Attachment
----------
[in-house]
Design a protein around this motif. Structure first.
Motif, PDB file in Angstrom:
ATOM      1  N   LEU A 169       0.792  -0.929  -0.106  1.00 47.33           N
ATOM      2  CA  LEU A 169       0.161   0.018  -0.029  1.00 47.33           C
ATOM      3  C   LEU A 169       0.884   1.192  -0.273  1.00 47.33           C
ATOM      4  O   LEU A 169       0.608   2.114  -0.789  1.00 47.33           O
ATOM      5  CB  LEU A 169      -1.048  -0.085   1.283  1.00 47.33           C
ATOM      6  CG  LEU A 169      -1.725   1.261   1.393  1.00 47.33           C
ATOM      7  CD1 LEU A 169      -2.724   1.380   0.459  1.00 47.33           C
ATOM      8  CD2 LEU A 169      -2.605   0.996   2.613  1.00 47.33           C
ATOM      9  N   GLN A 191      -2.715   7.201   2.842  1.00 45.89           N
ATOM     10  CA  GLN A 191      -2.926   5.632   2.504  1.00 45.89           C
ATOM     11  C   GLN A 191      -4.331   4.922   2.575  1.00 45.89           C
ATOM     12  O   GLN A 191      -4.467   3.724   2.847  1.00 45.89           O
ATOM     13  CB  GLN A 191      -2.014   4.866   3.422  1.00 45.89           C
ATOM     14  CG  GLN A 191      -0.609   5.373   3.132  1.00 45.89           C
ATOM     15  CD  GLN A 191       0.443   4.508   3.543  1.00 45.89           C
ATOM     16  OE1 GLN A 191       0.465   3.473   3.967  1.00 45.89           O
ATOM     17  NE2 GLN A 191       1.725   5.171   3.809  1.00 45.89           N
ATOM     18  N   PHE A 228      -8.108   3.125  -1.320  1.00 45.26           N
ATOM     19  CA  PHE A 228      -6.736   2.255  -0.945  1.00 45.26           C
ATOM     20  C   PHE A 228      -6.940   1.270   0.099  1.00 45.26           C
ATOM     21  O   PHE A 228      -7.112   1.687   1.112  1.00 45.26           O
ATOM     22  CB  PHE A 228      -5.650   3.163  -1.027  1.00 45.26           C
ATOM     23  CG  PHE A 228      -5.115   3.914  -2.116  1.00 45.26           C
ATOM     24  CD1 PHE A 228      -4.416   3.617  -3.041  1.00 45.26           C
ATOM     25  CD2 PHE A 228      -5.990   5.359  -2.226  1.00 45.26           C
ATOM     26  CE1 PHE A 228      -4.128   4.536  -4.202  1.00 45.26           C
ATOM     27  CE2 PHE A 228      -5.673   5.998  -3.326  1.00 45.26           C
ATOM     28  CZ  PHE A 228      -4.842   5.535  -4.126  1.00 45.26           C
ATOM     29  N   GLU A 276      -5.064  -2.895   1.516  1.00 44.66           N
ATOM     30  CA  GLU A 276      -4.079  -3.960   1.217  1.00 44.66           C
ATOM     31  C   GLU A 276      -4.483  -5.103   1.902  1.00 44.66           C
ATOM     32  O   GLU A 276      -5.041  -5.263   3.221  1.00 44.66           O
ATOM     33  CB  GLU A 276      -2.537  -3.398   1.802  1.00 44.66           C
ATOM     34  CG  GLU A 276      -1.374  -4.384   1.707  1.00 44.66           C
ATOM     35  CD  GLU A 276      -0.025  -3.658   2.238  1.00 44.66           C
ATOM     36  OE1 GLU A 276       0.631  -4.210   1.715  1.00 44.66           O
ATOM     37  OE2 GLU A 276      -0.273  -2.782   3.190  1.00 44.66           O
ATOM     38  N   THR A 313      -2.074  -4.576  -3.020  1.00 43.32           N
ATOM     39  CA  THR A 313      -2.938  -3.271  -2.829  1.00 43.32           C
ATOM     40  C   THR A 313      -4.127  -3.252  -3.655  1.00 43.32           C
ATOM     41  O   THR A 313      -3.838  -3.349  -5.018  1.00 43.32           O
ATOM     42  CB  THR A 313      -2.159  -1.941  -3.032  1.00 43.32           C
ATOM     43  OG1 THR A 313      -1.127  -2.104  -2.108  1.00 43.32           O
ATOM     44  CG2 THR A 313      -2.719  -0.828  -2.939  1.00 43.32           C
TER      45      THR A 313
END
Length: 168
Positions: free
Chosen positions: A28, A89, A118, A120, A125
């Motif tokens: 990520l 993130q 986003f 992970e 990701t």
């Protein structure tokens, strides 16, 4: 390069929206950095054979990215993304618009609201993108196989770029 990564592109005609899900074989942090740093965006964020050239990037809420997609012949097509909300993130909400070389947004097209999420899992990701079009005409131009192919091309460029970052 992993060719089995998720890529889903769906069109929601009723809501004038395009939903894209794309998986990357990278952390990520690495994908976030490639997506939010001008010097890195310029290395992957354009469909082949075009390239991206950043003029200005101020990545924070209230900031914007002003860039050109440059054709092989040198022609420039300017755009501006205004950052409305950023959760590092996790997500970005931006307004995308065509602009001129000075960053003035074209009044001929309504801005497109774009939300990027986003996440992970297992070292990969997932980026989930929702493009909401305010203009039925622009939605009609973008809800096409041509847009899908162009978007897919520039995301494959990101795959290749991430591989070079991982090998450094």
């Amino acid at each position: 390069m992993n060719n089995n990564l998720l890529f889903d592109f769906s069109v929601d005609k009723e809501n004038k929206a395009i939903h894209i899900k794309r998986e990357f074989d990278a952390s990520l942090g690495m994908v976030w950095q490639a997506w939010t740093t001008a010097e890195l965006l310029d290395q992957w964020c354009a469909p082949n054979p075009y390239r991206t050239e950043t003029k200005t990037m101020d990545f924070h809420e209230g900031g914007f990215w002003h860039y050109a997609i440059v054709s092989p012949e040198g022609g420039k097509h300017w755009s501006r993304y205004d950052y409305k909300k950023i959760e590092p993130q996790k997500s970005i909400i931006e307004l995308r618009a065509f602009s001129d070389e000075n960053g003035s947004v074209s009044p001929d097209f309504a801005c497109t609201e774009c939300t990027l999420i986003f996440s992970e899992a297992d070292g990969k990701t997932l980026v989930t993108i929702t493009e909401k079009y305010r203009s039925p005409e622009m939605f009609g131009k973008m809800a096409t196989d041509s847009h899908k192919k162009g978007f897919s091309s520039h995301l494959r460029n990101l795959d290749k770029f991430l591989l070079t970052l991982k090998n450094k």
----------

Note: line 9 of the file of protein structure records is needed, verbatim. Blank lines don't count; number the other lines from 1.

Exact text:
ATOM      6  CG  LEU A 169      -1.725   1.261   1.393  1.00 47.33           C